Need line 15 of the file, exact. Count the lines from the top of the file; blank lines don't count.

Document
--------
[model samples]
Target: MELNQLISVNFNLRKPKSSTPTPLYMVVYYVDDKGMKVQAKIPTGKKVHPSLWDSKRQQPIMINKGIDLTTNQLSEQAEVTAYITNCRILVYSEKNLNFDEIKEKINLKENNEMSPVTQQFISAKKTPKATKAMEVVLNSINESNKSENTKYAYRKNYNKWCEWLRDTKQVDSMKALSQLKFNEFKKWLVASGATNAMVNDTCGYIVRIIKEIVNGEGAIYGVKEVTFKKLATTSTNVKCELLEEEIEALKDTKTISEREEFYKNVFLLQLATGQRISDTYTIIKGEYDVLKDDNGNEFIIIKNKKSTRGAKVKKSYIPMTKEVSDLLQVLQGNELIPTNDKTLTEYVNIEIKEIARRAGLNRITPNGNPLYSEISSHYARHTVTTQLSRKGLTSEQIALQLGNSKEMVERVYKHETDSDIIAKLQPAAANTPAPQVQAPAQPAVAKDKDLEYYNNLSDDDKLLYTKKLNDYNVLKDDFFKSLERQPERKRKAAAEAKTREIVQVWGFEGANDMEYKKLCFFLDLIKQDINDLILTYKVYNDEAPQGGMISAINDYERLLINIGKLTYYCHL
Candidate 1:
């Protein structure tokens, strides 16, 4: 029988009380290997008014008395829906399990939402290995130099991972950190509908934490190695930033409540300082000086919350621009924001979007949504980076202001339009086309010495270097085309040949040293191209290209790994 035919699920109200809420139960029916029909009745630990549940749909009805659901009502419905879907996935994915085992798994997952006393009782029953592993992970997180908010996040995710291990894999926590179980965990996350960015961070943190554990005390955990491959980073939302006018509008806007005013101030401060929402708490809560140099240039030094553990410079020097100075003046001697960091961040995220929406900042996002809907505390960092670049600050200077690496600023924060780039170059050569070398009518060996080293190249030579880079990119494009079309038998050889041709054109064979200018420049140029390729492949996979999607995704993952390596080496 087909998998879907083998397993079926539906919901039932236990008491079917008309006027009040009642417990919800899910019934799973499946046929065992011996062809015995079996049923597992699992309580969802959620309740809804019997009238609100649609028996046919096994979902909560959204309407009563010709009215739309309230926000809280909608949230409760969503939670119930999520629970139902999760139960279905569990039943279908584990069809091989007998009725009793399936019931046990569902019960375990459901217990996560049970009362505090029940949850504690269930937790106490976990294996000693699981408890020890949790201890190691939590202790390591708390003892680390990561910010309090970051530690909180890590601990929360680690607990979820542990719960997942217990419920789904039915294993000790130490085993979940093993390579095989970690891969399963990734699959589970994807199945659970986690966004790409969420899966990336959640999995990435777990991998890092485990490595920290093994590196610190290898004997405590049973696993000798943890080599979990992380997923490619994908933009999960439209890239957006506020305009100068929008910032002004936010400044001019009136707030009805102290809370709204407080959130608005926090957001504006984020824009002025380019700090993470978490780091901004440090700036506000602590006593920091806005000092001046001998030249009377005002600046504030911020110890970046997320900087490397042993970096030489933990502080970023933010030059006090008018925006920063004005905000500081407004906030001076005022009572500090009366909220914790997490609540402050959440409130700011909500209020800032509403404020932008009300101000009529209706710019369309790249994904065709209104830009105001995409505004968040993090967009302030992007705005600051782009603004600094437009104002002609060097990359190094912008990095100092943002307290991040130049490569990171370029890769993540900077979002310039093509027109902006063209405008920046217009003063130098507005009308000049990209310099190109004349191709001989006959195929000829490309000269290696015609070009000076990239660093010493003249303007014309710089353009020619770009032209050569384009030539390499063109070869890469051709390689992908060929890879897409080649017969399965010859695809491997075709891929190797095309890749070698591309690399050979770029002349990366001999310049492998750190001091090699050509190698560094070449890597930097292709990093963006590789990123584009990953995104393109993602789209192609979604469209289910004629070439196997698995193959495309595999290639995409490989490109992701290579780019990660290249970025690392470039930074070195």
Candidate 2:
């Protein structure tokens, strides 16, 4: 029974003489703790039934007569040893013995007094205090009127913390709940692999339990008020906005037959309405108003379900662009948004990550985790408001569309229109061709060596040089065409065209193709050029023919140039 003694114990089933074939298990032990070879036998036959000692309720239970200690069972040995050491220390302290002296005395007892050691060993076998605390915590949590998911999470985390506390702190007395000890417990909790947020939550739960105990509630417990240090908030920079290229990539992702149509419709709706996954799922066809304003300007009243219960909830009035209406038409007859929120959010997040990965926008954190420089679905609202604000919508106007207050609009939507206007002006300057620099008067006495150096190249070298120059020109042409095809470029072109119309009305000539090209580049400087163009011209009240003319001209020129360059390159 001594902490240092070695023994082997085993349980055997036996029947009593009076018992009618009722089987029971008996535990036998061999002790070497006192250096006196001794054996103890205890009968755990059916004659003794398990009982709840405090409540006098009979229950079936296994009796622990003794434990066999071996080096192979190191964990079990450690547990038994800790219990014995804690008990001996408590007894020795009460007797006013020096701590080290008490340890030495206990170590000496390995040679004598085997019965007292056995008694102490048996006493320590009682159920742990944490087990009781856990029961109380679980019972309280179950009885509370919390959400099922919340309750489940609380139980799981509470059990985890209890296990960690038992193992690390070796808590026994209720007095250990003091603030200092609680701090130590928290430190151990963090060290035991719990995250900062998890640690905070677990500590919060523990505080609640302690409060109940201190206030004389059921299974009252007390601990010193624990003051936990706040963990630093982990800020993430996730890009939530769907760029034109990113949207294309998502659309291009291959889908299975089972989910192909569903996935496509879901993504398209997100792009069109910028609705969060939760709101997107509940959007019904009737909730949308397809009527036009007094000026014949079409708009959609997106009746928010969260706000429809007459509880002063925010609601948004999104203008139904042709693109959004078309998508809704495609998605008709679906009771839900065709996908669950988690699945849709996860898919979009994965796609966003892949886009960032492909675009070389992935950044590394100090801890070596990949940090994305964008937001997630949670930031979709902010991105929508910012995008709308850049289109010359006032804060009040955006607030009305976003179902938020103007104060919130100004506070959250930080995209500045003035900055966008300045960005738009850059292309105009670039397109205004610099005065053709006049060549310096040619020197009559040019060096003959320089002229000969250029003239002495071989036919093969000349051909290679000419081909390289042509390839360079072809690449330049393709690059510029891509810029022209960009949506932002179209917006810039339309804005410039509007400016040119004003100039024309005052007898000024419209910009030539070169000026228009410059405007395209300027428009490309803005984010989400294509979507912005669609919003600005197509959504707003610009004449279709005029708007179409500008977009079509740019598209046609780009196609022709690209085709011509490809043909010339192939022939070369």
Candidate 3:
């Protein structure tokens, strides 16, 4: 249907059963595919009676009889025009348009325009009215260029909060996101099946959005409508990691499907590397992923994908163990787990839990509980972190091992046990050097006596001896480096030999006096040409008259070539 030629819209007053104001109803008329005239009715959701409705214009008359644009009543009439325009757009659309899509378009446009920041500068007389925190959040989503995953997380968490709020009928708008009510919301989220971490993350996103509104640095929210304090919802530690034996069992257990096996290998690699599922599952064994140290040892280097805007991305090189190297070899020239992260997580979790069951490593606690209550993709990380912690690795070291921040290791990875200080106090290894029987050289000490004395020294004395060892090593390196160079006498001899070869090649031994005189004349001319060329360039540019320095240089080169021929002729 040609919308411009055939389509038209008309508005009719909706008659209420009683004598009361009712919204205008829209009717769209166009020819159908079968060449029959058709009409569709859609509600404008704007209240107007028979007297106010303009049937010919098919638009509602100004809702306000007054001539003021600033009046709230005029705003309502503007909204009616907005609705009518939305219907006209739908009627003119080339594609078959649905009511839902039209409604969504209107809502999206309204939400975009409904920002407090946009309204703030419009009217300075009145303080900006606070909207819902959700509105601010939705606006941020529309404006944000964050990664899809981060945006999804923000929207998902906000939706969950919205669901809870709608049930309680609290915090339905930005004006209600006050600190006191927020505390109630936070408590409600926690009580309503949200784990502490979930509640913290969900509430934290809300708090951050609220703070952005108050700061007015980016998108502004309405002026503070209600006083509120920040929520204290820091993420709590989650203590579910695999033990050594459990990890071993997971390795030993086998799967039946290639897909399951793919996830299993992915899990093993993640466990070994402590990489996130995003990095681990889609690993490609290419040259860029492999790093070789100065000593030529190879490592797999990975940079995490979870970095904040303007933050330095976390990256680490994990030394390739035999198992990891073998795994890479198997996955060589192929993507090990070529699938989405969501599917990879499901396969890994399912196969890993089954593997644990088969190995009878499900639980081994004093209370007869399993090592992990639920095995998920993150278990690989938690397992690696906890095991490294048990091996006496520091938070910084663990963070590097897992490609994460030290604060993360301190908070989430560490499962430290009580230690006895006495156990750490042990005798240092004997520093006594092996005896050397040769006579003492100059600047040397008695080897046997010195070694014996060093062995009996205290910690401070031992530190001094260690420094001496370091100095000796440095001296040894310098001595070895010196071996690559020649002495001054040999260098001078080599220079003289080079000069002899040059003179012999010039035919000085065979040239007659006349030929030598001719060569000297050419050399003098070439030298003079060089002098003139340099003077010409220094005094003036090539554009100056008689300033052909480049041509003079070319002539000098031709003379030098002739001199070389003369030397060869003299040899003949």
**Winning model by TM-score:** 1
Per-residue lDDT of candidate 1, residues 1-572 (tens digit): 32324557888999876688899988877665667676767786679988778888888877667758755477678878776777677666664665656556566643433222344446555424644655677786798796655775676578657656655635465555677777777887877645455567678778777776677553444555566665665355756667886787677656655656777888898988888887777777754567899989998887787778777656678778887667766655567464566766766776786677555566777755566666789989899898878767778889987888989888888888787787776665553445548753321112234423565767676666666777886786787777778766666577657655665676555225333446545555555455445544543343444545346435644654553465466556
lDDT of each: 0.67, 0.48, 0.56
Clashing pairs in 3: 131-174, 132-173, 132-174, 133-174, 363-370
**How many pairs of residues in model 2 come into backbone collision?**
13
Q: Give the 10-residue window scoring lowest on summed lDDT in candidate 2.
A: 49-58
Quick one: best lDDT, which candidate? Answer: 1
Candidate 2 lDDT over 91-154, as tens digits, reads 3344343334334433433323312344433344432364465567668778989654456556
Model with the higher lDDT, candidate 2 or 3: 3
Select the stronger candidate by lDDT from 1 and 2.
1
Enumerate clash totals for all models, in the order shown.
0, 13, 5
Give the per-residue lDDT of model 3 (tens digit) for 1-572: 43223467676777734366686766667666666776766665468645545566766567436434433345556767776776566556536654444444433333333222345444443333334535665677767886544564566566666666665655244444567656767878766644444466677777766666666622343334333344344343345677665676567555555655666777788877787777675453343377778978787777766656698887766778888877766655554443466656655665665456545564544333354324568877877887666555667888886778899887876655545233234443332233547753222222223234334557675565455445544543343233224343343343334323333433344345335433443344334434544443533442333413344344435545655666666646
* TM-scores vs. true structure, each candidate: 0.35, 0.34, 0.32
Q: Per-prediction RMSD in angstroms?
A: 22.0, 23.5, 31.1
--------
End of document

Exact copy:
Q: Give the 10-residue window scoring lowest on summed lDDT in candidate 2.